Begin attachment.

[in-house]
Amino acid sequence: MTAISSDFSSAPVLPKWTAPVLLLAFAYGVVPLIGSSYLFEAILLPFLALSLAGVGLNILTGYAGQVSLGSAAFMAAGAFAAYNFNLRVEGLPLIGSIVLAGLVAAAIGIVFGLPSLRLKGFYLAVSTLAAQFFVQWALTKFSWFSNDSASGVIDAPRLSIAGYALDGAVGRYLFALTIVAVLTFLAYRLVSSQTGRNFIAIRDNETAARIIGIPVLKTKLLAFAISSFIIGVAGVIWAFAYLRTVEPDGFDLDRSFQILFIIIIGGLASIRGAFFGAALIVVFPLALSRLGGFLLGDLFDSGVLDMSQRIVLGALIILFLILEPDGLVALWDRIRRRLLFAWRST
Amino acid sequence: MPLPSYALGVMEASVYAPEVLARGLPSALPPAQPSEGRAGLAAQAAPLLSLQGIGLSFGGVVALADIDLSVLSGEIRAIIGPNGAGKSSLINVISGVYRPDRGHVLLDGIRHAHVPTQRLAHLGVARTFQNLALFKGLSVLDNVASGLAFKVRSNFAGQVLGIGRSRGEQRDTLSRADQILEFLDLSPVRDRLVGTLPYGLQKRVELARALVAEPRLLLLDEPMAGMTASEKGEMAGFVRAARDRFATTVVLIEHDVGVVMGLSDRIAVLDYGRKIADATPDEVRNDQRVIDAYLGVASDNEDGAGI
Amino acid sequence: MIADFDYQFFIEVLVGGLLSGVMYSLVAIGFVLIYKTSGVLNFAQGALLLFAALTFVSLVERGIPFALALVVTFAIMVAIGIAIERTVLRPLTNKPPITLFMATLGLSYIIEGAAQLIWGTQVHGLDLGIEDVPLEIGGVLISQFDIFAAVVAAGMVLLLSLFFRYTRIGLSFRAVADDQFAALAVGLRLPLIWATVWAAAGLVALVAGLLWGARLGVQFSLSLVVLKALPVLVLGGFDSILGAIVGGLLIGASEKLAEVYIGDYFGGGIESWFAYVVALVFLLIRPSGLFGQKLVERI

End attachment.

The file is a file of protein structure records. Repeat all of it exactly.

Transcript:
[in-house]
Amino acid sequence: MTAISSDFSSAPVLPKWTAPVLLLAFAYGVVPLIGSSYLFEAILLPFLALSLAGVGLNILTGYAGQVSLGSAAFMAAGAFAAYNFNLRVEGLPLIGSIVLAGLVAAAIGIVFGLPSLRLKGFYLAVSTLAAQFFVQWALTKFSWFSNDSASGVIDAPRLSIAGYALDGAVGRYLFALTIVAVLTFLAYRLVSSQTGRNFIAIRDNETAARIIGIPVLKTKLLAFAISSFIIGVAGVIWAFAYLRTVEPDGFDLDRSFQILFIIIIGGLASIRGAFFGAALIVVFPLALSRLGGFLLGDLFDSGVLDMSQRIVLGALIILFLILEPDGLVALWDRIRRRLLFAWRST
Amino acid sequence: MPLPSYALGVMEASVYAPEVLARGLPSALPPAQPSEGRAGLAAQAAPLLSLQGIGLSFGGVVALADIDLSVLSGEIRAIIGPNGAGKSSLINVISGVYRPDRGHVLLDGIRHAHVPTQRLAHLGVARTFQNLALFKGLSVLDNVASGLAFKVRSNFAGQVLGIGRSRGEQRDTLSRADQILEFLDLSPVRDRLVGTLPYGLQKRVELARALVAEPRLLLLDEPMAGMTASEKGEMAGFVRAARDRFATTVVLIEHDVGVVMGLSDRIAVLDYGRKIADATPDEVRNDQRVIDAYLGVASDNEDGAGI
Amino acid sequence: MIADFDYQFFIEVLVGGLLSGVMYSLVAIGFVLIYKTSGVLNFAQGALLLFAALTFVSLVERGIPFALALVVTFAIMVAIGIAIERTVLRPLTNKPPITLFMATLGLSYIIEGAAQLIWGTQVHGLDLGIEDVPLEIGGVLISQFDIFAAVVAAGMVLLLSLFFRYTRIGLSFRAVADDQFAALAVGLRLPLIWATVWAAAGLVALVAGLLWGARLGVQFSLSLVVLKALPVLVLGGFDSILGAIVGGLLIGASEKLAEVYIGDYFGGGIESWFAYVVALVFLLIRPSGLFGQKLVERI